Hey, Sarah: Sending revised pages

Before today's video, I have a little update. I'll be reopening to queries starting on Monday September 1st. Keep in mind that the agency will close to queries for the holidays starting some time around Thanksgiving. So if you plan to query me in 2014, now is the time.

To help, I've got a new interview up as part of First Five Frenzy talking about what I look for in the first five pages (which is what you should send with your query).

Also, don't forget to sign up for my newsletter. This is going to go out some time tonight and will include the checklist from this month's Platform Pick-up. 

And now, on to the video.

Platform Pick-Up: Wrap-up

We made it. After an entire month of elbow grease, you should have a pretty clean platform. That's the good news. The bad news is just like a house with small children, nothing stays clean forever.
If you want to keep your platform running at optimal efficiency, you'll need some regular maintenance.

Create a schedule
Ideally, you should run a clean up of your platform at least twice a year. I would also recommend doing a quick check any time you have a new book release. Try to pick two months in the year that are less hectic for you and pencil in these clean-ups right now. Maybe add them to your calendar or make a reminder in your phone. Whatever you need to do to remember.

It's easy to tell yourself you'll keep your platform organized, but just as easy to let life get in the way and forget. By staying on a regular schedule, you'll find that the process isn't as difficult since many of the steps will just be a confirmation that everything looks good rather than needing to make more changes.

Make a check-list
Of course, you can always refer back to this blog series, but that can be time consuming and decrease the chances you'll actually complete the project. As much as I love it when you join me here, I think you'll be more successful if you keep a separate document that reminds you of all the places you need to check your platform.

In addition to a check list, it's a great idea to keep a change log. Picture this as something like the restroom cleaning logs at truck stops. If you do make a change during one of your clean-ups, or at any time during the year, mark it down. Add a new bio, mark down the date. Change your photo, mark down the date. Add a new social media account, mark down the date. You get the idea. This will be a great way to keep track of the changes you are making.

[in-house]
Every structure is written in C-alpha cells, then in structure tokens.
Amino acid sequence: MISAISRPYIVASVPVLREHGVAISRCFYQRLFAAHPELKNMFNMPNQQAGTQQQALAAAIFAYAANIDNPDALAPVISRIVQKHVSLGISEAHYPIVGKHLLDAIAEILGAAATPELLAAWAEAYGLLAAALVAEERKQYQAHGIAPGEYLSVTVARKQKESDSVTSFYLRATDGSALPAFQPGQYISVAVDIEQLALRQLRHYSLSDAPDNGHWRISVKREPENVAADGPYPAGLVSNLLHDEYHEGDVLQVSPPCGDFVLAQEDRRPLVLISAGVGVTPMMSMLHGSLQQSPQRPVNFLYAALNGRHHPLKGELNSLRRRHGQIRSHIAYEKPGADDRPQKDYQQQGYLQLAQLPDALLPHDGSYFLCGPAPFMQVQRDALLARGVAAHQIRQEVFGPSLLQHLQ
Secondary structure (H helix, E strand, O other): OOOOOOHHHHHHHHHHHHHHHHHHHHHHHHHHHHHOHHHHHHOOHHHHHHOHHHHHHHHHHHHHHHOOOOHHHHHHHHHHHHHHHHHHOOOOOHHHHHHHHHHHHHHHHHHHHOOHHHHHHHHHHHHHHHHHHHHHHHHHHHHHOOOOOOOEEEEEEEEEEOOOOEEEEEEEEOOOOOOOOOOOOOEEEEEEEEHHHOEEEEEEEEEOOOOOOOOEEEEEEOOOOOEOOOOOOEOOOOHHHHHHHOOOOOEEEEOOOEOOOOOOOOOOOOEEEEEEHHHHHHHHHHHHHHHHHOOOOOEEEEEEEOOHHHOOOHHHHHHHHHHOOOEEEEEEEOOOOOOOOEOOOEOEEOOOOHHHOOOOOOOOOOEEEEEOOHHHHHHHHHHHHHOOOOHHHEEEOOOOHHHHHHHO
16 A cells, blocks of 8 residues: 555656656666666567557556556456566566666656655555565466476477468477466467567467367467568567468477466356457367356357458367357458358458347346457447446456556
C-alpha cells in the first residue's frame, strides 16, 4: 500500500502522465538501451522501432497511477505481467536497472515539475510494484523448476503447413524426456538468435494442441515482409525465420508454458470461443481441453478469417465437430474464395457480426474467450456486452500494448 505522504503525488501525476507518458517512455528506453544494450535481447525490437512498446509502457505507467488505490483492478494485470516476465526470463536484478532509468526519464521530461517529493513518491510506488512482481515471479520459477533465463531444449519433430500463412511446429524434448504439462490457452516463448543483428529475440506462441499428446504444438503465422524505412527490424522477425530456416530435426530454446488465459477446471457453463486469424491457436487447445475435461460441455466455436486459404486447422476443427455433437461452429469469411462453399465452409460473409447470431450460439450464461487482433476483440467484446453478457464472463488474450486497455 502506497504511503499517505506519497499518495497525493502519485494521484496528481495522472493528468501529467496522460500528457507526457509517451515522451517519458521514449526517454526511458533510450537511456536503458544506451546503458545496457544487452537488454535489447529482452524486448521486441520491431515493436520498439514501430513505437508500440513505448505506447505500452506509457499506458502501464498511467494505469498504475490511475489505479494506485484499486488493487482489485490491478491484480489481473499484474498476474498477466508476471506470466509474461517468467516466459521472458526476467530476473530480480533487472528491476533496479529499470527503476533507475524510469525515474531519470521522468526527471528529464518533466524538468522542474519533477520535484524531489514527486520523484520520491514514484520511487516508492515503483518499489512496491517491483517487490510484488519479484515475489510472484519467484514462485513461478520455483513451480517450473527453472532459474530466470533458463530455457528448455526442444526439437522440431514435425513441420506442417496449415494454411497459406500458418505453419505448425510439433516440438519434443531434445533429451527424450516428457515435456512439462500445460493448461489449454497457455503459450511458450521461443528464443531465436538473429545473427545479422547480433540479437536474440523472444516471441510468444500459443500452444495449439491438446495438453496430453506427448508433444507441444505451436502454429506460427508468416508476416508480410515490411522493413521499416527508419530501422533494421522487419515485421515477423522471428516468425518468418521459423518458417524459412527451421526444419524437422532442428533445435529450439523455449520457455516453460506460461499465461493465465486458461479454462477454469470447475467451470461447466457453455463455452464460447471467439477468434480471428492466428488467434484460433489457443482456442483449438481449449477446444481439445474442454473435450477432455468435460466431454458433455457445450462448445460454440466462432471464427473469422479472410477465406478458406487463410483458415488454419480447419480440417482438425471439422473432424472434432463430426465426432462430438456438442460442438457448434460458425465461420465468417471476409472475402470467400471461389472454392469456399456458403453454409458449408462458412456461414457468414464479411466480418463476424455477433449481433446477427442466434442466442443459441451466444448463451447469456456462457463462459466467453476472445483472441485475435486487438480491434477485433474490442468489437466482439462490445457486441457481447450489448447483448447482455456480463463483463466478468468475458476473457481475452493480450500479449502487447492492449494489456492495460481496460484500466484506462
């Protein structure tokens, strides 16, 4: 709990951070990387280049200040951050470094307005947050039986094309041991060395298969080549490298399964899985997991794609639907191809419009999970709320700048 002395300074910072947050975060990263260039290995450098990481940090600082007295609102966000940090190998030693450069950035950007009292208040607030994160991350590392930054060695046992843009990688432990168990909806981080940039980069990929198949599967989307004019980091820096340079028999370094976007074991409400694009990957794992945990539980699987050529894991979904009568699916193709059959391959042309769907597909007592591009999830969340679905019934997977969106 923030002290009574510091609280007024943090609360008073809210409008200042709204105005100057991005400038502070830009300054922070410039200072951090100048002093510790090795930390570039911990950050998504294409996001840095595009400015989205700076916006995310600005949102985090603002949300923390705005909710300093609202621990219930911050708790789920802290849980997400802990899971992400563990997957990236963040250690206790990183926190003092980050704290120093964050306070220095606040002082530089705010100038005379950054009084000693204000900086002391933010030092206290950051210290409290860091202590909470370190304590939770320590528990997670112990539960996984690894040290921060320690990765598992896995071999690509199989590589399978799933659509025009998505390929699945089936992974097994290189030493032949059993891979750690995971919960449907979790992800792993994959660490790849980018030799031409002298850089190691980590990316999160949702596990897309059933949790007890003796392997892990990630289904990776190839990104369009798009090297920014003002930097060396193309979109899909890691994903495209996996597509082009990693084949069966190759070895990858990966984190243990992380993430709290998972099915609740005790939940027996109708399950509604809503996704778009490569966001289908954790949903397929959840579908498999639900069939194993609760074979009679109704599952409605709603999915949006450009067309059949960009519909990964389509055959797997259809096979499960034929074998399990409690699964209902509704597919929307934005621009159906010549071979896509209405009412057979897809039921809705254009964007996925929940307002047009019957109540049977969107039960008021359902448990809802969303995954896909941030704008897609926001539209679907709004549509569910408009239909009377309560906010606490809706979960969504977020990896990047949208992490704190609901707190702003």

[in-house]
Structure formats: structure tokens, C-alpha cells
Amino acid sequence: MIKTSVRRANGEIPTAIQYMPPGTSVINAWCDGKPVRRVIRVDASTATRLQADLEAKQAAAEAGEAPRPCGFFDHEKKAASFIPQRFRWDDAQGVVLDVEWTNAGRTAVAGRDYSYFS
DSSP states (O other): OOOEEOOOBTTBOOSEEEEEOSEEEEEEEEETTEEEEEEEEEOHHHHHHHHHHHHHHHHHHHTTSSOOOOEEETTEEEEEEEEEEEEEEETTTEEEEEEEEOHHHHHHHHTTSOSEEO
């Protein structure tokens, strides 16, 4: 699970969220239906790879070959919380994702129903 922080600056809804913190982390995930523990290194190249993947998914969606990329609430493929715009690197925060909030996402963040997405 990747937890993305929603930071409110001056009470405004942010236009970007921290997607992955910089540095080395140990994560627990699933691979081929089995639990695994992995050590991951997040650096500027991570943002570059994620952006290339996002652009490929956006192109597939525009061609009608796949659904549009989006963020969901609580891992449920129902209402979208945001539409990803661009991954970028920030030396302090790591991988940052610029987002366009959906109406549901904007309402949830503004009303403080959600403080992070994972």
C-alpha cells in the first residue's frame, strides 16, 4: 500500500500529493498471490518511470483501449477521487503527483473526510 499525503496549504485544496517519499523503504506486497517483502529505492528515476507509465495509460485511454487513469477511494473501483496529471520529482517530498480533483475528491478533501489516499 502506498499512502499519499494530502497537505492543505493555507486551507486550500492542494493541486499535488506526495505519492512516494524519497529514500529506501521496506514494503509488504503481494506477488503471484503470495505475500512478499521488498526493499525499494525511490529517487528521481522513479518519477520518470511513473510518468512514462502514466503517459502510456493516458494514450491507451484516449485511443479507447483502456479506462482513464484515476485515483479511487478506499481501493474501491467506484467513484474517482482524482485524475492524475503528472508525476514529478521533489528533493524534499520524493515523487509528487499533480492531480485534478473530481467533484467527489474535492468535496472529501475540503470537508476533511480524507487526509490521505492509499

I mentioned a few days ago that subscribers to my newsletter will be getting another free download this month. So, now's a good time to tell you that this month's free download will be a PDF checklist of all the steps we covered during this month's Platform pick-up. In addition, I'll include a change log for tracking all your updates. The newsletter will go out Saturday afternoon, so be sure to sign up for my newsletter now so you can get these extra resources free!

What's next?
So that's it for the Platform Pick-Up series. I hope you found it helpful. I really enjoy running these series on the blog and want them to be useful to all of you. If you have ideas for other blog series or anything else you'd like to see here, please let me know. These can be anything regarding writing, publishing, marketing or any other topic you'd like to see covered. I open to all ideas, so please let me know in the comments or shoot me an email at SarahNegovetich(at)Gmail.com. And don't forget to stop by tomorrow for the next Q&A Hey, Sarah video.

Platform Pick-Up: Email pt. 4

If you've followed the clean-up for this week, you should have a squeaky clean inbox. Congratulations! Now it's time to look at how you are using email.

Specifically, are you using the right accounts for the right reasons? In other words, do you have enough email addresses? Before you throw something hard at me, hear me out. I have three accounts each for very different purposes. Instead of making me crazy, keeping these accounts separate keeps me (somewhat) sane.

I have an account that I'm don't share with you guys. It's my personal account. I use it for emails to my mom, online shopping, and keeping up with my college friends. It has nothing to do with publishing and I like it that way. I know that I can go several days without checking that email and the world isn't going to burn down.